The best time to plant a tree was 20 Years ago the second best time is right now. This old Chinese saying gives us pause to think at this time when our thoughts are far removed from planting. If you're like me you have already started to receive and peruse next years garden catalogs. Its nice to look back over the past years or years plantings and reflect on what worked and what didn't . I started planting back in boy scouts and haven't stopped!
I was driving along mountain road a few years back and was surprised to see that a forest had grown where there was only marginal farm land in the early seventies.
There is much that can be done individually and even more that can be done locally . This is an age of local actions and global results. No one is going to pick up the shovel for you or locate the trees or find a suitable site!
I have given these key steps in reverse order intentionally, now we will review them in the order they should be placed in. Before you can plant a tree or trees you should always have a site plan. If you are planting in your own yard you may not need permission, if you are planing a public or common space planting you will have to determine who the proper person or persons are to get access. See if they have a policy in place and have a brief idea of the location you would like to plant in. Having a plan In place will help you to clearly articulate your intentions to the appropriate persons and make it easy for them to give you directions and prevent confusion.
You may want to plant alone or with a small group of helpers. Tree planting is a lot of hard work and is also a lot of fun. Selecting the right tree for your chosen site is very important. this would be he right time to consult your ISA Certified Arborist who will be able to help select the correct tree for your site. Once you have planted your tree make sure you have a plan for after care. Trees planted in yards typically have better soil conditions and nutrient levels then those planted in boulevards or along streets. Arborists are experts on local planting conditions and may advise you to have a soil sample taken to test for fertility.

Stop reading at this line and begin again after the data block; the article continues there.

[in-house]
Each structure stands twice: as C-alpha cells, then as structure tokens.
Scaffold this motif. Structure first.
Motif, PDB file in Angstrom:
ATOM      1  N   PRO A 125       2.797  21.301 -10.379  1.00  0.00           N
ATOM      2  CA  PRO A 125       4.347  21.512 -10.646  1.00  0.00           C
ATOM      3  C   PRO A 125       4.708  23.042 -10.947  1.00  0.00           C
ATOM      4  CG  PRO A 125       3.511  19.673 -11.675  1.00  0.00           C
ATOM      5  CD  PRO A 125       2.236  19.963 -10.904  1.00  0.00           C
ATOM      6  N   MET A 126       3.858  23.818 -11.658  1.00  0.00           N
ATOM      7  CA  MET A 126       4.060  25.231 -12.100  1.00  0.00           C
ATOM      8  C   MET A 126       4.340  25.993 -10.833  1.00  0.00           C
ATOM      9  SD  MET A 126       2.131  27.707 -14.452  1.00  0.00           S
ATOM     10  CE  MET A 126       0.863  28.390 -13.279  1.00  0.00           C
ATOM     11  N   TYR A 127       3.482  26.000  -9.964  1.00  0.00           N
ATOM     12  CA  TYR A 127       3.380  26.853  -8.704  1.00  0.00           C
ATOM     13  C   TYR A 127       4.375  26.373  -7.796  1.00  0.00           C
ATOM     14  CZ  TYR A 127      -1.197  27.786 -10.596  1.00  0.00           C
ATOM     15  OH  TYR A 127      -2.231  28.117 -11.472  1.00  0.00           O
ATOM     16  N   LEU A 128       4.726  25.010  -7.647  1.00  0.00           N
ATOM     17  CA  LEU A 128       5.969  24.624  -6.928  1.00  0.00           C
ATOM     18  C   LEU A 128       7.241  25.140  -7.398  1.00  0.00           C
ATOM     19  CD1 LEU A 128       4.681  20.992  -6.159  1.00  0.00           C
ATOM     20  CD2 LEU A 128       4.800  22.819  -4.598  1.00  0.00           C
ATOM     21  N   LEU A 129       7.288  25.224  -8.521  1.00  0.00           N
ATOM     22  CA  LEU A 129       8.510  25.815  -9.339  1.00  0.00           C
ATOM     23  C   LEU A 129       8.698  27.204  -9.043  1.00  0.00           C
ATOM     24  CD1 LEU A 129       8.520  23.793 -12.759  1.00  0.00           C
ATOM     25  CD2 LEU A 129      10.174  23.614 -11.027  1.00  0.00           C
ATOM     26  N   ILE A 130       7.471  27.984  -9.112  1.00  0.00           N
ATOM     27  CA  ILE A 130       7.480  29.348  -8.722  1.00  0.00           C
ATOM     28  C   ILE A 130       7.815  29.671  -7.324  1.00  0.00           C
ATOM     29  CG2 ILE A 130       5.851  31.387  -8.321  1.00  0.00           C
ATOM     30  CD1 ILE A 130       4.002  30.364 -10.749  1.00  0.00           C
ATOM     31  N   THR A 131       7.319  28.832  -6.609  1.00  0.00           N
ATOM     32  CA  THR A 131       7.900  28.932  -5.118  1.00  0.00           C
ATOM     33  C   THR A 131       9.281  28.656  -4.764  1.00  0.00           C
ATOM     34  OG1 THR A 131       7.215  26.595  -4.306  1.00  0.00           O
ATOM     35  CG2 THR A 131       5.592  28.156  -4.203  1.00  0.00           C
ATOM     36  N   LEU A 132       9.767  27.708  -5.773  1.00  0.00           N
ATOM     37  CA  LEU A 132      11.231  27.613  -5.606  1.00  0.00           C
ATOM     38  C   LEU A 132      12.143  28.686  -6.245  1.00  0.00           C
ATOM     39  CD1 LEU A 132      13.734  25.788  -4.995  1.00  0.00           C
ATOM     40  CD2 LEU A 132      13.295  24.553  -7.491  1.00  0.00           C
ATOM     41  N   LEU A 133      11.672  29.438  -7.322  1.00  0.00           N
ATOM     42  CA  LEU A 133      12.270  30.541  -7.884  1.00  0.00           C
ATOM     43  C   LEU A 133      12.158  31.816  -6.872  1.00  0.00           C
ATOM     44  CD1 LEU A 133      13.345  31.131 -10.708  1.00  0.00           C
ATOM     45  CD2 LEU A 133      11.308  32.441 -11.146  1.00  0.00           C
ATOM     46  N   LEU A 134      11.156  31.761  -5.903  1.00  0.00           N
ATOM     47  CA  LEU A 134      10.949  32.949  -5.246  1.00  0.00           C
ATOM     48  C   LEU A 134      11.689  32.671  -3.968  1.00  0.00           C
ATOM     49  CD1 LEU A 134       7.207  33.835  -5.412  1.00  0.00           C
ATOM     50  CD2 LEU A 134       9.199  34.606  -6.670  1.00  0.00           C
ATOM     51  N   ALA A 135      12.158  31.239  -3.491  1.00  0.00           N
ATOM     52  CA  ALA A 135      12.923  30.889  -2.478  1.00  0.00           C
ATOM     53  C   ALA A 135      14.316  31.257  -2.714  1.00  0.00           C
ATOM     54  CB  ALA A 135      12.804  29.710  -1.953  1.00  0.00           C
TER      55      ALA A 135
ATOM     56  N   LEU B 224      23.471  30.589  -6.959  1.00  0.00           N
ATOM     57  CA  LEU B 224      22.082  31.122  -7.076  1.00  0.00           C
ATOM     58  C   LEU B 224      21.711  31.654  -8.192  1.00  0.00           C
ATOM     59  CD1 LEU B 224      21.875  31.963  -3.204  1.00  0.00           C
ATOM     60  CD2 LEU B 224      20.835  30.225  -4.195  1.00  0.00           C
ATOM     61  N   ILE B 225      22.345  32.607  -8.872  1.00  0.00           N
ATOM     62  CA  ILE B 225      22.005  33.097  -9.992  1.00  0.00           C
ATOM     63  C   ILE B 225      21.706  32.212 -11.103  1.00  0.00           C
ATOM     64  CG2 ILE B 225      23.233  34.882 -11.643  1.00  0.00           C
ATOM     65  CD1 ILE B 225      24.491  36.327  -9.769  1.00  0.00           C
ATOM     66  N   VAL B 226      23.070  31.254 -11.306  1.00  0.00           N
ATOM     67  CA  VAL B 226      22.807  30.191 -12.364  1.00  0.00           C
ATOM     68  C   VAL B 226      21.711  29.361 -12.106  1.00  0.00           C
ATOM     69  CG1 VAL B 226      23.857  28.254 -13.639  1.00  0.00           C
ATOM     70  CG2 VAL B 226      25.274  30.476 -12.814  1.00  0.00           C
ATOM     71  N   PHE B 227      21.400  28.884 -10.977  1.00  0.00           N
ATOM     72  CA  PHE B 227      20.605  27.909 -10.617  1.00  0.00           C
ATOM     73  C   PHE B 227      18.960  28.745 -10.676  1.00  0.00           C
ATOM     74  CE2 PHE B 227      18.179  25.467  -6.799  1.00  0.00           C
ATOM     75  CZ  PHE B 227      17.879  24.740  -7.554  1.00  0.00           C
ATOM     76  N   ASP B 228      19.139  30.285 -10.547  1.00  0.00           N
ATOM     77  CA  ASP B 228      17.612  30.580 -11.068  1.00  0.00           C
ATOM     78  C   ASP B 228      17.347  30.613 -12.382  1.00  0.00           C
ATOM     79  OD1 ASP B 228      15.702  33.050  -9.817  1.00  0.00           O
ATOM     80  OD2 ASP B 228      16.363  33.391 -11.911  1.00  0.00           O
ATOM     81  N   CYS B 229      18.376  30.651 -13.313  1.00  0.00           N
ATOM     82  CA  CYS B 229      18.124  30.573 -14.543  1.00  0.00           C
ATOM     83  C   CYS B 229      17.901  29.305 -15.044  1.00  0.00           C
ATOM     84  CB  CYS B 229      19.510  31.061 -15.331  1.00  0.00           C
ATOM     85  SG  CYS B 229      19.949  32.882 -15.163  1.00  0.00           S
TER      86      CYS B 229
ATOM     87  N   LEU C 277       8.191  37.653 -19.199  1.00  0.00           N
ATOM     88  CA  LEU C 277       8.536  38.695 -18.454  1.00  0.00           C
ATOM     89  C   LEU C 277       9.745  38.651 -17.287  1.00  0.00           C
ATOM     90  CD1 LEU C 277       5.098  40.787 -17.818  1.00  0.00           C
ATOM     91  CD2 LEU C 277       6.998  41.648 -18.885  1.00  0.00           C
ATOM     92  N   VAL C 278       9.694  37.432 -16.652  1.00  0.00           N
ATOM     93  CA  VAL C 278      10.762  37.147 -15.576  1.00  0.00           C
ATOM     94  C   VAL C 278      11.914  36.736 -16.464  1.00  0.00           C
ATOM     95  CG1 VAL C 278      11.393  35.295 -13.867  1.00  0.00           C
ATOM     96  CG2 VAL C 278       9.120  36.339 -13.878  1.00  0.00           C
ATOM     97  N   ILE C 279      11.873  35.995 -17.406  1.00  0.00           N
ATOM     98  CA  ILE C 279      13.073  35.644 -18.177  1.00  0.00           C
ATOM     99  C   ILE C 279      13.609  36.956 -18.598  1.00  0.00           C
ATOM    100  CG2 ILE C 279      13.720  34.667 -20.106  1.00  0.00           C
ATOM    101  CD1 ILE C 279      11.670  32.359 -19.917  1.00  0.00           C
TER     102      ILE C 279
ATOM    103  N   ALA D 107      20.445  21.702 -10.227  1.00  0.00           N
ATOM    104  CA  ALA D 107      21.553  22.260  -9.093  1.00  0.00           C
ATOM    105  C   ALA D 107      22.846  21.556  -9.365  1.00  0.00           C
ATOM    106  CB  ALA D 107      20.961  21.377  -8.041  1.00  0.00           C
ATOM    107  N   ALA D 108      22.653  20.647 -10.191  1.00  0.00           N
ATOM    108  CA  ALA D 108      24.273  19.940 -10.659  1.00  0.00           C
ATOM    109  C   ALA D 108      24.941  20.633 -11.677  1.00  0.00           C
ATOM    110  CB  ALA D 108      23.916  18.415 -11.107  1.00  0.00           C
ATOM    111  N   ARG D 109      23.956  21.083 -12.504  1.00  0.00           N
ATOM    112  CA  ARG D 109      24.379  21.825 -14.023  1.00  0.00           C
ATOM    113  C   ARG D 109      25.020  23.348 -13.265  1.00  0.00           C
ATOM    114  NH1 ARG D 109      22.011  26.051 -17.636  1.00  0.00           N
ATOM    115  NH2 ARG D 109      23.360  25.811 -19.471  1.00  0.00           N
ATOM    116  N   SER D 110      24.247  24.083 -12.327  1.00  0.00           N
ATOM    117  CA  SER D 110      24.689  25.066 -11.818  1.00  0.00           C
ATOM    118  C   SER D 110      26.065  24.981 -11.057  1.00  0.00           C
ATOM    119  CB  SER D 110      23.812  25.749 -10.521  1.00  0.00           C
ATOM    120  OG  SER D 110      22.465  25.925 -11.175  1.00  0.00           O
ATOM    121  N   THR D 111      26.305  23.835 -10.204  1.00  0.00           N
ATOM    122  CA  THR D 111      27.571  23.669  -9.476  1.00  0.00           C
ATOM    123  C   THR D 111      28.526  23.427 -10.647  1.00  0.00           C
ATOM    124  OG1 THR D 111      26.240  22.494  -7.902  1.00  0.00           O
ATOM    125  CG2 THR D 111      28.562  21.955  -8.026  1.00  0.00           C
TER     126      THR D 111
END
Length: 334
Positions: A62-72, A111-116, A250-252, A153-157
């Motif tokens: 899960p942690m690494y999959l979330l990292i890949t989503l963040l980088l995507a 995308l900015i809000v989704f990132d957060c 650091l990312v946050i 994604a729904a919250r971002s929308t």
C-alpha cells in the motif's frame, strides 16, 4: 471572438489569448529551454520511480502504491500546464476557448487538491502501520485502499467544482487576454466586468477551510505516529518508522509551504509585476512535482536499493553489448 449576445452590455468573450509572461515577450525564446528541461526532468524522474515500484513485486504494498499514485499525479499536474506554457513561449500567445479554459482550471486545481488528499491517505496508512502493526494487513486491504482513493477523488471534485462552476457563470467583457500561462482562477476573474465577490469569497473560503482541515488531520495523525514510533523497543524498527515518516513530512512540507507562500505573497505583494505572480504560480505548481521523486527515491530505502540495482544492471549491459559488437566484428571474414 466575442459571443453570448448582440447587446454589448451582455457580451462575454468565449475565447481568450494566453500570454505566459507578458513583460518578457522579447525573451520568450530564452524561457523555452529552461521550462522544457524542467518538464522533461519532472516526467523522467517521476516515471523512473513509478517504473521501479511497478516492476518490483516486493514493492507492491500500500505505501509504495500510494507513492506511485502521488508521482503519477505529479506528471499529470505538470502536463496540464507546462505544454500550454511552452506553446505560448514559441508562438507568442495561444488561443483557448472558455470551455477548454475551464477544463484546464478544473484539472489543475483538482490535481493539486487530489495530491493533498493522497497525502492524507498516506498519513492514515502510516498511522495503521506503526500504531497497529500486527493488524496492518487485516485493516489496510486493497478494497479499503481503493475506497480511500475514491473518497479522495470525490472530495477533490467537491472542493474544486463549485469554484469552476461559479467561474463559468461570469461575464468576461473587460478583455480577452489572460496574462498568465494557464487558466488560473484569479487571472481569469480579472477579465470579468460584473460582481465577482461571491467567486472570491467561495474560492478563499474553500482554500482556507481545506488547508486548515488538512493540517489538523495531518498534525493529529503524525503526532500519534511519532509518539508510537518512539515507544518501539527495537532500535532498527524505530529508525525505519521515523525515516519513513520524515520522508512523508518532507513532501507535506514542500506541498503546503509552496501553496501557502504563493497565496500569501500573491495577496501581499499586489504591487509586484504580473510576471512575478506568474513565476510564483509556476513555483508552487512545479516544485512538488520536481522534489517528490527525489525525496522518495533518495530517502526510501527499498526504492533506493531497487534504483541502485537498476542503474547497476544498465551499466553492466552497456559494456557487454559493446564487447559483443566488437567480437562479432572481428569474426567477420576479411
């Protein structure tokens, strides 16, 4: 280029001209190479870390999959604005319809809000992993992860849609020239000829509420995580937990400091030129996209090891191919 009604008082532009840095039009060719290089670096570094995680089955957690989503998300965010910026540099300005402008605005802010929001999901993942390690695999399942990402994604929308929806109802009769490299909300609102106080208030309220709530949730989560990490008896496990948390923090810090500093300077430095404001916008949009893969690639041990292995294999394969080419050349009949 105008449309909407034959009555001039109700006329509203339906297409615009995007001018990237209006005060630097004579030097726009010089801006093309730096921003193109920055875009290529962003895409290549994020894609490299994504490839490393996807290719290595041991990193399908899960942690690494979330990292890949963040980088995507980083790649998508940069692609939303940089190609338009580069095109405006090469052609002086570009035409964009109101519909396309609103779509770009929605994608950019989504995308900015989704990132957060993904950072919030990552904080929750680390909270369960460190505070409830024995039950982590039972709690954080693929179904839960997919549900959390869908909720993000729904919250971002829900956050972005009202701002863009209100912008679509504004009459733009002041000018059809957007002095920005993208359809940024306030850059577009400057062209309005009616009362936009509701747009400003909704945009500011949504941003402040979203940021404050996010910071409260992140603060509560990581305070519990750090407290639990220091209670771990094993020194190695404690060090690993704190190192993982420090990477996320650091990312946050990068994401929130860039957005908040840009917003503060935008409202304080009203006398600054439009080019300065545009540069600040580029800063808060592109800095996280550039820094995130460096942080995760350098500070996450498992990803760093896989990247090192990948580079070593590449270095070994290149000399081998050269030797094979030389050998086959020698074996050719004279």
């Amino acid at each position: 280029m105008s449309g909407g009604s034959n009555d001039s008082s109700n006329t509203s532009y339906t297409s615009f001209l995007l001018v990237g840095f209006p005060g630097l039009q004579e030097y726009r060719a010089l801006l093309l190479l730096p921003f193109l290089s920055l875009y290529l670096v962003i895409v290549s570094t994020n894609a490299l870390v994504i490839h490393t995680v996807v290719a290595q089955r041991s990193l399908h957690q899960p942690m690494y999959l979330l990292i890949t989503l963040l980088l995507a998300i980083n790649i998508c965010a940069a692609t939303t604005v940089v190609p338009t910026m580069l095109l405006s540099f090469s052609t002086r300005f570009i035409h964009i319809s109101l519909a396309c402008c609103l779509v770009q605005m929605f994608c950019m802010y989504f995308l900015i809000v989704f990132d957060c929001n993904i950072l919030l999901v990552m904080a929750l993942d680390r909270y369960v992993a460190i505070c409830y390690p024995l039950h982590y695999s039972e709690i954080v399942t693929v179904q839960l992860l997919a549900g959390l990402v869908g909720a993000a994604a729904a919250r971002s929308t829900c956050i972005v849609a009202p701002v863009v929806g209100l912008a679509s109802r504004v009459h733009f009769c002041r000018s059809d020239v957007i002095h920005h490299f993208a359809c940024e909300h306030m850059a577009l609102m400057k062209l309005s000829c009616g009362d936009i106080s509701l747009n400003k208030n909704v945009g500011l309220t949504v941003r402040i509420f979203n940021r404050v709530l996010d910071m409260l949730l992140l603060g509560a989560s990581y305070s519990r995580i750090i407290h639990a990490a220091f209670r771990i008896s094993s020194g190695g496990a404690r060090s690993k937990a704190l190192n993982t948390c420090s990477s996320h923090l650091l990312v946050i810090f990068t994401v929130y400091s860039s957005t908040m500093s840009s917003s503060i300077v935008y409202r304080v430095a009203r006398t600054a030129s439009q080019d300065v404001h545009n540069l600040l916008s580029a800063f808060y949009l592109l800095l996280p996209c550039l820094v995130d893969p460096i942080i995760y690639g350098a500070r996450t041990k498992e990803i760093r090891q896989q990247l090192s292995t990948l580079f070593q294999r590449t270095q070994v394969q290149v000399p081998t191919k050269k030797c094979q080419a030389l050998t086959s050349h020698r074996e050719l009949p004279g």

The larger the tree you are planting the longer it takes for it to recover from transplant shock. The generally accepted rule is an inch of trunk diameter per year of recovery. For example. One inch in diameter tree, measured at 4 feet above ground, will take one year to reestablish itself and start to put on new growth , a two inch- two years and so on. The larger trees really give immediate visual impact but are harder to reestablish and more prone to failure. This is probably why the small trees I planted , only a few inches tall, survived without much help after being planted by unskilled pre-teens who struggled to handle a spade!
ISA certified Arborists are tree experts and the original tree huggers who have the Skill and knowledge to help make your planting a success. Reach out to your Arborist and get his advice on your planting project and success will be much improved. You may not be able to plant today but you will be able to plan.